Mitchell: Charlotte to host 2018 Black Enterprise Entrepreneurs Summit
The four-day summit is one of the nation’s largest gatherings of black entrepreneurs, attracting more than 1,000 people annually.
The Black Enterprise Entrepreneurs Summit will return to Charlotte in 2018, eleven years after the Qcity last hosted the annual event.
Its return was announced Saturday by City Council member James Mitchell, who spoke to a group of women attending the Queen City Entrepreneurs’ Conference. Mitchell chairs the council’s economic development committee.
The Black Enterprise event, one of the nation’s largest gatherings of black entrepreneurs, was last in Charlotte in May 2007. Mitchell said attendance that year was disappointing, and he said the city failed to sufficiently promote the event.
“We’re going to do it better than we did it the first time,” he later told Qcitymetro. “We want to make sure we get the word out. We want to make sure we get the volunteers, and we want to make sure the business community is going to be very supportive of it.”
The summit, typically held in Orlando, Fla., is hosted by Black Enterprise magazine. As of Saturday, the magazine’s website had not announced the location of its 2018 event.
Mitchell wants 300 volunteers to help with logistics.
He also said he wants the city to aggressively promote the event, which typically is held in May and lasts four days, ending with a Sunday prayer breakfast. According to news reports in cities where the summit has been held, the event often draws 1,000 to 1,500 attendees.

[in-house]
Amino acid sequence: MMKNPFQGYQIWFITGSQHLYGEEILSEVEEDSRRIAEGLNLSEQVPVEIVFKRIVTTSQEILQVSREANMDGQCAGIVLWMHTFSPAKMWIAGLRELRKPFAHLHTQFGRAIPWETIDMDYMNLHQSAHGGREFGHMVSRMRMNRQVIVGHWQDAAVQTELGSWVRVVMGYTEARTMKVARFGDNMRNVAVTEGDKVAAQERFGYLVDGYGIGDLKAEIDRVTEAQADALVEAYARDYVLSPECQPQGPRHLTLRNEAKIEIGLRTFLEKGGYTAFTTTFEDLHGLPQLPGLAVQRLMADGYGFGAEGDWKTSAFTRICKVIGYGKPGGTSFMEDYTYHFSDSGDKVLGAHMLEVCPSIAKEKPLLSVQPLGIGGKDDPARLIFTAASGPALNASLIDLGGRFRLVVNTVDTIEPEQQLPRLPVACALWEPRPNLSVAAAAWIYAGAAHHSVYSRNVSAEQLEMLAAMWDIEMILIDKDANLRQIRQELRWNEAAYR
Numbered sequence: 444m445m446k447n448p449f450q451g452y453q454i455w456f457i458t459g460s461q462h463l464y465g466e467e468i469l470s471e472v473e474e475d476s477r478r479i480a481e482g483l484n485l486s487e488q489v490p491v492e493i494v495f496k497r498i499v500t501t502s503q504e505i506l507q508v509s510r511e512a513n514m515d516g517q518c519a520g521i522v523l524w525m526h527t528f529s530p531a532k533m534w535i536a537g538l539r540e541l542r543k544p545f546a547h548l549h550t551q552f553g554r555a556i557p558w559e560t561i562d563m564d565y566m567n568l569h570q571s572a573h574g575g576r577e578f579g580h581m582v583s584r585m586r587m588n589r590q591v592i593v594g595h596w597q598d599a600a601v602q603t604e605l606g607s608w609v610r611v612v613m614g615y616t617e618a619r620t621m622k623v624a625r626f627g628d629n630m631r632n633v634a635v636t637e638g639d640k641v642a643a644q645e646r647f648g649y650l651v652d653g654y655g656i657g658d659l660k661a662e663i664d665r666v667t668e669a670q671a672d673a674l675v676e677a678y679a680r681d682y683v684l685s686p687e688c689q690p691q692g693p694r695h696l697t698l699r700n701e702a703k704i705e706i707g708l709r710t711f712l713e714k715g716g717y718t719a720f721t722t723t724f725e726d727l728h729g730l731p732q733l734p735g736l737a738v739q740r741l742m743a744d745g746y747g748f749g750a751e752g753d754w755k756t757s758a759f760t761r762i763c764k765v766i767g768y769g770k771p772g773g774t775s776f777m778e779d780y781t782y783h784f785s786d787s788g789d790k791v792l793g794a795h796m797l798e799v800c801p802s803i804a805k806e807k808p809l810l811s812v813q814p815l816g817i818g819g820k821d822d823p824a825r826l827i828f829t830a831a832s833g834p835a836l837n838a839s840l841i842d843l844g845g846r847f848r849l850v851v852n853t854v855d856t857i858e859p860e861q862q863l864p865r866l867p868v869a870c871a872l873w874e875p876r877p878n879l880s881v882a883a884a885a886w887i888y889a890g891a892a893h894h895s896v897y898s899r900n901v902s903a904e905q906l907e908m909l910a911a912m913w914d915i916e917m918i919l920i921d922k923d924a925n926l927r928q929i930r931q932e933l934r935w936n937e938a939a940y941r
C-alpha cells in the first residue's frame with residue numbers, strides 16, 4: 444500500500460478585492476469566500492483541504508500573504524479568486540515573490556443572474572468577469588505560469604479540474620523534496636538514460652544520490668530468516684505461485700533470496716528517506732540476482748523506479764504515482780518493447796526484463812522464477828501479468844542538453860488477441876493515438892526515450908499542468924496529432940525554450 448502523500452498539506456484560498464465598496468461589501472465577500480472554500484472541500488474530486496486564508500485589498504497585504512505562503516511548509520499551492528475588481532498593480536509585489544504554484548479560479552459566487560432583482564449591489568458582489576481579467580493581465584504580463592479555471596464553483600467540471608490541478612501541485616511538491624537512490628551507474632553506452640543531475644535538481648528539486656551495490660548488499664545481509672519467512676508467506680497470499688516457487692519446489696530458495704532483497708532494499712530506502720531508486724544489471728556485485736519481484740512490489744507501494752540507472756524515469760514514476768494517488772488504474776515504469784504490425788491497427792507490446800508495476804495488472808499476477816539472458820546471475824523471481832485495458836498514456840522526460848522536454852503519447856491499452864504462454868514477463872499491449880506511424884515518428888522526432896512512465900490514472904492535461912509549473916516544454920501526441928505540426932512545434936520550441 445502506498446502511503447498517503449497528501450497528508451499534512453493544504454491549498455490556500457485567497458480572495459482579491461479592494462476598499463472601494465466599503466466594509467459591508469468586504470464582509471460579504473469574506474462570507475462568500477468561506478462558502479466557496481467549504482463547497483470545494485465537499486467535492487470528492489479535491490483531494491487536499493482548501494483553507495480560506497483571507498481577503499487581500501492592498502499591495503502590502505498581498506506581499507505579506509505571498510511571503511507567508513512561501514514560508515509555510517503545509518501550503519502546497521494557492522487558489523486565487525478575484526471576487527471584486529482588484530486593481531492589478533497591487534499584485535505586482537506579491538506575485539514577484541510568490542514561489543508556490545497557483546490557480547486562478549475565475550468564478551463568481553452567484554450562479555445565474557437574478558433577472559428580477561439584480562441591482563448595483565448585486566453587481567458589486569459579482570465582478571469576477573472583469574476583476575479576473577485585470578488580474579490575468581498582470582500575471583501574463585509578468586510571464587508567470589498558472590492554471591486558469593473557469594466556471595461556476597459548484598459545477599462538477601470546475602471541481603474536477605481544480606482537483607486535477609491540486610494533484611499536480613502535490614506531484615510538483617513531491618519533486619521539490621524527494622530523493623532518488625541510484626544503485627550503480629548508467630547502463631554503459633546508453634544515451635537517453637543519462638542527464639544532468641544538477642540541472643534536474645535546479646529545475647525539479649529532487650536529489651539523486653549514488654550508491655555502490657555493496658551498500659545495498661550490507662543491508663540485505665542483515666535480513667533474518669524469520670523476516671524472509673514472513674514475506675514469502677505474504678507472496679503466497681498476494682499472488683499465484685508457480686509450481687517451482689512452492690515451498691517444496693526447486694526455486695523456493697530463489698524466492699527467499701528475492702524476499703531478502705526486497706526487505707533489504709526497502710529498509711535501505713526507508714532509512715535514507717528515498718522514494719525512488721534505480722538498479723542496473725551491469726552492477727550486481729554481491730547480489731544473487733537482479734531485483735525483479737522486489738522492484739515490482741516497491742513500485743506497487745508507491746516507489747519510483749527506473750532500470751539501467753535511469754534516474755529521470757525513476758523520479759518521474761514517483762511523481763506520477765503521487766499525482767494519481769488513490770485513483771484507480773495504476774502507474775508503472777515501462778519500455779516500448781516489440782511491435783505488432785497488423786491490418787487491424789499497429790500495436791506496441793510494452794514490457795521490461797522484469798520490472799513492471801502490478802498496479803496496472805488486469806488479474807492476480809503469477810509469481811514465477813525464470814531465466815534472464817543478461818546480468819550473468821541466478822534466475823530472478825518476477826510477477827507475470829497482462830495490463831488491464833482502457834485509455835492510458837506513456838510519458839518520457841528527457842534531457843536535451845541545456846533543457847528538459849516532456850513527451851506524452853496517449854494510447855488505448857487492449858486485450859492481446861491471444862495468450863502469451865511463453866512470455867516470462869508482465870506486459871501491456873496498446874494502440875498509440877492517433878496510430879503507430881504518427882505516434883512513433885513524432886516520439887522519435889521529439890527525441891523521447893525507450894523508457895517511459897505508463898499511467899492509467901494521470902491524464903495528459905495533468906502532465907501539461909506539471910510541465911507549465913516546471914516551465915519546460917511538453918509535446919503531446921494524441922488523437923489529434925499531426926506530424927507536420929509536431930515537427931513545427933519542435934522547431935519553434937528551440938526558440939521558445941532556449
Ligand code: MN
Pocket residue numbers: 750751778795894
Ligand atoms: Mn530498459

“We want to have a good attendance, we want to have a good showing, and we want to redeem ourselves, quite frankly,” he said. “We want the banners to be uptown. We want the banners to be in SouthPark. We want everybody to know and embrace this Black Enterprise entrepreneurs conference.”
Mitchell described Charlotte’s business climate for blacks as lacking.
He cited a 2017 Kauffman Startup Activity Index, which ranked Charlotte 17th among the nation’s 40 largest cities. (Charlotte rose from 28th in Kauffman’s 2014 report.)
Mitchell said the city must do more to assist minority-owned businesses, and he said local banks must do more to fund startups, especially in communities that have faced discrimination.
“We’ve got to remove this label of not funding African American businesses,” he told Qcitymetro. “…Most entrepreneurs are not successful right out of the gate, so you need to give them second and third chances to be successful. We (Charlotte) are so conservation that if you don’t come with capital already, if you don’t come with the right vision, we have a tendency to kind of look at you and say, ‘prove yourself.’ Well, a lot of time we can’t prove ourselves without a contract and without capitol.”
Anyone looking to volunteer for the Black Enterprise summit should email email@example.com.